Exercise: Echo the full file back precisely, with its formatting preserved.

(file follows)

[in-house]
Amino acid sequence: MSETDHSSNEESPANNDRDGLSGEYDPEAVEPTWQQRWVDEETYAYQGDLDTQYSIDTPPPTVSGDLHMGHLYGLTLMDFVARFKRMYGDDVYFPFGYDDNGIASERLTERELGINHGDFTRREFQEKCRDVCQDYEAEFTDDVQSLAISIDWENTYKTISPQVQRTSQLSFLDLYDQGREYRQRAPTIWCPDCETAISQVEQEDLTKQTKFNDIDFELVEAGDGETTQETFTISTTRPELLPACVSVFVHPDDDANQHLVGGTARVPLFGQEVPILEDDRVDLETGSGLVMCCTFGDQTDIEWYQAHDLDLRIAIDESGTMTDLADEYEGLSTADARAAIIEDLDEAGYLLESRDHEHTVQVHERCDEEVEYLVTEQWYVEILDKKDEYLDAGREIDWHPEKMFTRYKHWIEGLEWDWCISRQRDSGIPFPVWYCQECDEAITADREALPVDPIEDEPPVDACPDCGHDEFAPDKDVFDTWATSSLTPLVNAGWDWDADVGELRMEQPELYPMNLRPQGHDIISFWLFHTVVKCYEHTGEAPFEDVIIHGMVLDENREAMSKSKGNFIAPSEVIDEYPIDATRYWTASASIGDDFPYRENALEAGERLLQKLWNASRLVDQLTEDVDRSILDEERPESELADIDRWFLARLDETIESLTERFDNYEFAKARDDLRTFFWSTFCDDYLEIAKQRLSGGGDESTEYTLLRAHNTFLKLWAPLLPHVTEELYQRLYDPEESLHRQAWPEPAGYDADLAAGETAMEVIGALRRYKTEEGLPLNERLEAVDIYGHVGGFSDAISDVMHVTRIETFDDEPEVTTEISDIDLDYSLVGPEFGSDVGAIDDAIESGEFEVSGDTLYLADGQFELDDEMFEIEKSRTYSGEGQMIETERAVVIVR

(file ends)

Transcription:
[in-house]
Amino acid sequence: MSETDHSSNEESPANNDRDGLSGEYDPEAVEPTWQQRWVDEETYAYQGDLDTQYSIDTPPPTVSGDLHMGHLYGLTLMDFVARFKRMYGDDVYFPFGYDDNGIASERLTERELGINHGDFTRREFQEKCRDVCQDYEAEFTDDVQSLAISIDWENTYKTISPQVQRTSQLSFLDLYDQGREYRQRAPTIWCPDCETAISQVEQEDLTKQTKFNDIDFELVEAGDGETTQETFTISTTRPELLPACVSVFVHPDDDANQHLVGGTARVPLFGQEVPILEDDRVDLETGSGLVMCCTFGDQTDIEWYQAHDLDLRIAIDESGTMTDLADEYEGLSTADARAAIIEDLDEAGYLLESRDHEHTVQVHERCDEEVEYLVTEQWYVEILDKKDEYLDAGREIDWHPEKMFTRYKHWIEGLEWDWCISRQRDSGIPFPVWYCQECDEAITADREALPVDPIEDEPPVDACPDCGHDEFAPDKDVFDTWATSSLTPLVNAGWDWDADVGELRMEQPELYPMNLRPQGHDIISFWLFHTVVKCYEHTGEAPFEDVIIHGMVLDENREAMSKSKGNFIAPSEVIDEYPIDATRYWTASASIGDDFPYRENALEAGERLLQKLWNASRLVDQLTEDVDRSILDEERPESELADIDRWFLARLDETIESLTERFDNYEFAKARDDLRTFFWSTFCDDYLEIAKQRLSGGGDESTEYTLLRAHNTFLKLWAPLLPHVTEELYQRLYDPEESLHRQAWPEPAGYDADLAAGETAMEVIGALRRYKTEEGLPLNERLEAVDIYGHVGGFSDAISDVMHVTRIETFDDEPEVTTEISDIDLDYSLVGPEFGSDVGAIDDAIESGEFEVSGDTLYLADGQFELDDEMFEIEKSRTYSGEGQMIETERAVVIVR